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How to Eat Like a Local in Malta

29 Jan 2018 | by Kate Muscat

Basking in the glorious Mediterranean sunshine, surrounded by beautiful azure seas and steeped in centuries of history, you’ll have no shortage of things to explore on a cruise to Malta – not least, the cuisine. Delighting foodies far and wide, the culinary creations here will be unlike anything you’ve tasted before.




Popular ways to dine in Malta

Subscribing to a hearty Mediterranean diet, you’ll find yourself surrounded with copious amounts of pastas and seafood, and plates somewhat resembling good old Italian favourites.

Like any other European city, Valletta boasts many gourmet and fine dining options, bursting with flavours from all over the Mediterranean, Europe, and even further afield. If this is your scene then we highly recommend a visit to the Valletta Waterfront where your options are endless. Dine inside or al fresco with the cool breeze running across your skin, and a stunning view of the Three Cities across the harbour.




Must-try local food

But let’s forget about fine dining for a second and take a look at what the locals really eat. Traditional Maltese food can almost definitely be called ‘rustic’, but it will be some of the most delicious you’ve ever tried. So search out some smaller cafés or street vendors for a true taste of the islands. If you’re looking for a light bite, a great choice is the traditional Pastizzi; a flaky savoury pastry filled with peas or ricotta cheese - a firm favourite amongst the locals. Or for something a little more filling, try a Maltese Ftira (sometimes known as a Hobz biz-Zejt). This is a sumptuous mix of tuna, capers, olives, olive oil, and garlic all served in Malta’s very own sourdough (Ftira). Traditionally it’s served untoasted, but these day’s you’ll have the option for either.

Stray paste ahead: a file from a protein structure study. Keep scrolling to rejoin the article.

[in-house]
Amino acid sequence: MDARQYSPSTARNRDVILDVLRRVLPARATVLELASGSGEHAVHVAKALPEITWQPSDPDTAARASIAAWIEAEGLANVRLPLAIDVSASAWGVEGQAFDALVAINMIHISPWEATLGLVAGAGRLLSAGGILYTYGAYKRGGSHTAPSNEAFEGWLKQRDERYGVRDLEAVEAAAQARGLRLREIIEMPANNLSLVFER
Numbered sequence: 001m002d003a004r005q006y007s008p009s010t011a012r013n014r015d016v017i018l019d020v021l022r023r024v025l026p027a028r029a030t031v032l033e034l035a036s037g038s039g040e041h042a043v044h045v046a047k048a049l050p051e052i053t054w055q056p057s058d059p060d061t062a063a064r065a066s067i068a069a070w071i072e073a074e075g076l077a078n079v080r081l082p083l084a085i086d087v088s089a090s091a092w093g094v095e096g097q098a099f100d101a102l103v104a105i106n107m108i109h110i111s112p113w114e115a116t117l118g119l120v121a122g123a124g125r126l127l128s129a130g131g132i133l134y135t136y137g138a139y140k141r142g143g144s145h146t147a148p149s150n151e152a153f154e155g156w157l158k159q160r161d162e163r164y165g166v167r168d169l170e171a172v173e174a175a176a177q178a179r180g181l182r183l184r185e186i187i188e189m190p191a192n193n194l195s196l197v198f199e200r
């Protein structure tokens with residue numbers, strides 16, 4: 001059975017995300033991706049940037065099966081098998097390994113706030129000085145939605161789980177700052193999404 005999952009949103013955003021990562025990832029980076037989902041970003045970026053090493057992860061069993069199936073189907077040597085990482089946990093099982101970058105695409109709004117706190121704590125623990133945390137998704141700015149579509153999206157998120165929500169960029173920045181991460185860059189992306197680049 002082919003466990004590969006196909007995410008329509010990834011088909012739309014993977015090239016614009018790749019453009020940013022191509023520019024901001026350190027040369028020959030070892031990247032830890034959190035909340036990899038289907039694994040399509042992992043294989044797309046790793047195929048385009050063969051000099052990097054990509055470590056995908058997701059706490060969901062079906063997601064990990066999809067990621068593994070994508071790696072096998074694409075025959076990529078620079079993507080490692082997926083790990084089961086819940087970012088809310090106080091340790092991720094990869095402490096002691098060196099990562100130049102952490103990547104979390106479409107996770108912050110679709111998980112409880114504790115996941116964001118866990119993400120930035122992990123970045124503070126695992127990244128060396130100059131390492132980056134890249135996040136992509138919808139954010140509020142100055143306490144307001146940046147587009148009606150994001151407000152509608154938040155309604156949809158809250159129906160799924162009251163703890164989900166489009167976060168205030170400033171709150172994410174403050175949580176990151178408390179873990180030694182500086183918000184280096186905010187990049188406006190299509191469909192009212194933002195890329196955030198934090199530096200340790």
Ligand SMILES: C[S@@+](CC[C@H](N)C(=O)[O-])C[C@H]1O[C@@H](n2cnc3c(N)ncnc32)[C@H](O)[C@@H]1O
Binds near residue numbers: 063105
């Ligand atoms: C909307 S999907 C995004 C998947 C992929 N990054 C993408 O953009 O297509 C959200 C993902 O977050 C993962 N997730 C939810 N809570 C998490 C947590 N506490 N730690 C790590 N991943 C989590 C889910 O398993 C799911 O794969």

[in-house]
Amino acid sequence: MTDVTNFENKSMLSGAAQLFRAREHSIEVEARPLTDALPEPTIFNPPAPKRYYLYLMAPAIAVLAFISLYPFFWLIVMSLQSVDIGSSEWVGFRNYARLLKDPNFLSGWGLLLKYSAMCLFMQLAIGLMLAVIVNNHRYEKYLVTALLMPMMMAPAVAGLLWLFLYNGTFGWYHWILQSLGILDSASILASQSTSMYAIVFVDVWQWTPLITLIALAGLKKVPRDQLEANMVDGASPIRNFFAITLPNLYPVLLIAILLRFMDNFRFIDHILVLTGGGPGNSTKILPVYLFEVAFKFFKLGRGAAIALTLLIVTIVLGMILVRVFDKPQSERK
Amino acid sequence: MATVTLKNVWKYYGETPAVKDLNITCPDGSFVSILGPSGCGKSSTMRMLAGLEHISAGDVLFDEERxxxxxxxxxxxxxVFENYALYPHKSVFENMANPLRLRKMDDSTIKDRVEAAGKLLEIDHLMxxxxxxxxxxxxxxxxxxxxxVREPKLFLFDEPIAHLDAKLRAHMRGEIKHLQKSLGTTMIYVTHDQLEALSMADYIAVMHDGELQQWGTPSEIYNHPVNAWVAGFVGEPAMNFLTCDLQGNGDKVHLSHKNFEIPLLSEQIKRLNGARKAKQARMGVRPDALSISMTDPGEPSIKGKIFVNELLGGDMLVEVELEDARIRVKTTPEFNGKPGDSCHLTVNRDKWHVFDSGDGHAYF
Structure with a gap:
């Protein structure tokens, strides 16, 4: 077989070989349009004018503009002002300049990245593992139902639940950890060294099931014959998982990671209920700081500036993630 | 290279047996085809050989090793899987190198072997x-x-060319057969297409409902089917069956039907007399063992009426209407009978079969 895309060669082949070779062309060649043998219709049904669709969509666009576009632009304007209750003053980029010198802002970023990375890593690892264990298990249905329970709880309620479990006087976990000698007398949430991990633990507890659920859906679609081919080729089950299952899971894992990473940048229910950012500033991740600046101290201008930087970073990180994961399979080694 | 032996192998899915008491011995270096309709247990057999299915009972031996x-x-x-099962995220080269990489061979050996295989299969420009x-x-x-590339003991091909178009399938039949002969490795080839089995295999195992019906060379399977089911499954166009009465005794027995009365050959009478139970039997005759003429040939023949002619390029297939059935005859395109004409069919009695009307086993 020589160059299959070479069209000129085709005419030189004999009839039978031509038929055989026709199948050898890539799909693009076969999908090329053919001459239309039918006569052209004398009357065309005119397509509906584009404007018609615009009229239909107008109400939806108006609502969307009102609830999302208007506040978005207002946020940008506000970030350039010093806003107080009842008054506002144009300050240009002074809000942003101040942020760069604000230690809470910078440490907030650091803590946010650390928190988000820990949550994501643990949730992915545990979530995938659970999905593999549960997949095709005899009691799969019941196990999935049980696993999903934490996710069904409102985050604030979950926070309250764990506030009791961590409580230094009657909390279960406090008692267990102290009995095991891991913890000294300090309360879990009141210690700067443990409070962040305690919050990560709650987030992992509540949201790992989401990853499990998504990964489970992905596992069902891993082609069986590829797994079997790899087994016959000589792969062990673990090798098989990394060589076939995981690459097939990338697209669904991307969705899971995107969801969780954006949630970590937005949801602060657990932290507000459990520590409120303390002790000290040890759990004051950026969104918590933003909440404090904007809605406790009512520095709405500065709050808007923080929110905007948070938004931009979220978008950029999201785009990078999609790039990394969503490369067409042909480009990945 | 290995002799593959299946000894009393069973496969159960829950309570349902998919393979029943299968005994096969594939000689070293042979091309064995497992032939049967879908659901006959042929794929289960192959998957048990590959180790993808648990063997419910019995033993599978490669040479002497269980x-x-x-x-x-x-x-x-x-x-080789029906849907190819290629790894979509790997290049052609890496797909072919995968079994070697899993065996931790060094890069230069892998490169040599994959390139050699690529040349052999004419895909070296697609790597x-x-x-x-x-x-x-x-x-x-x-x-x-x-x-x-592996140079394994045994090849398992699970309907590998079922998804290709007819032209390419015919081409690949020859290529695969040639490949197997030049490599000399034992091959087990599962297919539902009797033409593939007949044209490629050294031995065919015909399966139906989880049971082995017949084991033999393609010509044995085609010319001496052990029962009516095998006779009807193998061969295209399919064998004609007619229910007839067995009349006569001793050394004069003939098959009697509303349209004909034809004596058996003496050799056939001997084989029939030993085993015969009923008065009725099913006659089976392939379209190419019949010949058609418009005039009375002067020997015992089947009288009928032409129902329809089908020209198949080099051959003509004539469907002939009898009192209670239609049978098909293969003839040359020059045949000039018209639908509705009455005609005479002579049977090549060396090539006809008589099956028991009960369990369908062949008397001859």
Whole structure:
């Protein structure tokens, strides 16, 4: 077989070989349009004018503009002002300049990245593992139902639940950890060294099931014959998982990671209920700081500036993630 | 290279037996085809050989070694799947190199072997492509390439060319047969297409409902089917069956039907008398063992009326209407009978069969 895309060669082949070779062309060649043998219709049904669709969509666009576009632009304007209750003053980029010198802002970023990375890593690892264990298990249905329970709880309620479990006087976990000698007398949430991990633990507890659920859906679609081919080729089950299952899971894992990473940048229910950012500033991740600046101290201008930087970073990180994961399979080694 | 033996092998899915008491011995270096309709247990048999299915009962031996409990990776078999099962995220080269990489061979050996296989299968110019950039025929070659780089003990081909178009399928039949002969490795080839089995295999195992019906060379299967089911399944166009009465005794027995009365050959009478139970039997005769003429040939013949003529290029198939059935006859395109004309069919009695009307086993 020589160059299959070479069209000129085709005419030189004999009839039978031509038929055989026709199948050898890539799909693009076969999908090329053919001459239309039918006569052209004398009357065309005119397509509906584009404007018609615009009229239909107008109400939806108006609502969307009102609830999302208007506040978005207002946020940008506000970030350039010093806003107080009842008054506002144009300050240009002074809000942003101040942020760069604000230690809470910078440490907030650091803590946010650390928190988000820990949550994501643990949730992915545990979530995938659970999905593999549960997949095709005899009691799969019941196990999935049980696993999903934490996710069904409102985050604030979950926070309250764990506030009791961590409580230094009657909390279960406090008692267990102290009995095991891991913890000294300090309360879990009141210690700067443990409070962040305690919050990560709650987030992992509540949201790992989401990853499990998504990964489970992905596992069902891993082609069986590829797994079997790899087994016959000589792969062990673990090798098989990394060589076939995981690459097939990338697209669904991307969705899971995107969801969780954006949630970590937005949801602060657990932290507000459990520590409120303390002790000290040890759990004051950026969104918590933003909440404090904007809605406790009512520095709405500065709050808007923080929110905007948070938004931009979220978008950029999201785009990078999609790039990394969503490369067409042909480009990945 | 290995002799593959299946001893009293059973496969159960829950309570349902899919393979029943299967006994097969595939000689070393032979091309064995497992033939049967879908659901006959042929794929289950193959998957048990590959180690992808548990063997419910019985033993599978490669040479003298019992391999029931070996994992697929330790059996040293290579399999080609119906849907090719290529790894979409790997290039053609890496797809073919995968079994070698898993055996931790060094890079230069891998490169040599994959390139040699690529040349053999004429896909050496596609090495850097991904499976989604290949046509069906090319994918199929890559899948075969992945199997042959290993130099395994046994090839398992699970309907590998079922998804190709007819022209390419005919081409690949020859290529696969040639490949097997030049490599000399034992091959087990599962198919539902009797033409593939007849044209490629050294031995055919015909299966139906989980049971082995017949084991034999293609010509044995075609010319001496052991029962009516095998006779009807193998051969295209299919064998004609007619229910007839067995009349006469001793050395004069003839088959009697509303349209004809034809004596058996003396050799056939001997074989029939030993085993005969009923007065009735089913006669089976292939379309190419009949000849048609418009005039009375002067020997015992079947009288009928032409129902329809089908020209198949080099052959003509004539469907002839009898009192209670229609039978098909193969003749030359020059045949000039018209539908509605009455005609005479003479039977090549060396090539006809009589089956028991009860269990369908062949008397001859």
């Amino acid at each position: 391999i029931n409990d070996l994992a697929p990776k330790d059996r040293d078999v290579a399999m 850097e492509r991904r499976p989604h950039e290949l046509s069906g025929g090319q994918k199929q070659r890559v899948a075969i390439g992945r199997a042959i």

Other street-food favourites include, Timpana (a bit like a baked pasta pie, with rigatoni in bolognese sauce served with a pastry lid), ross il forn (a baked tomato rice dish) and imqaret (a traditional sweet pastry with date filling).

And to drink . . .

To wash it all down, we’d recommend the local lager Cisk, or maybe the pale ale Hopleaf. Or, if beer’s not your thing, there’s a whole host of local wines to choose from. For the younger cruisers, there’s always Kinnie – Malta’s very own soft drink, whose taste divides the nation. Why not see where you land on the matter?




Malta might not be among the first destinations you think of for a food-focussed holiday, but if your Mediterranean cruise makes a stop here, you’ll soon see what all the fuss is about. If you have an interest in all things culinary, find out more about recommended cruises for foodies.

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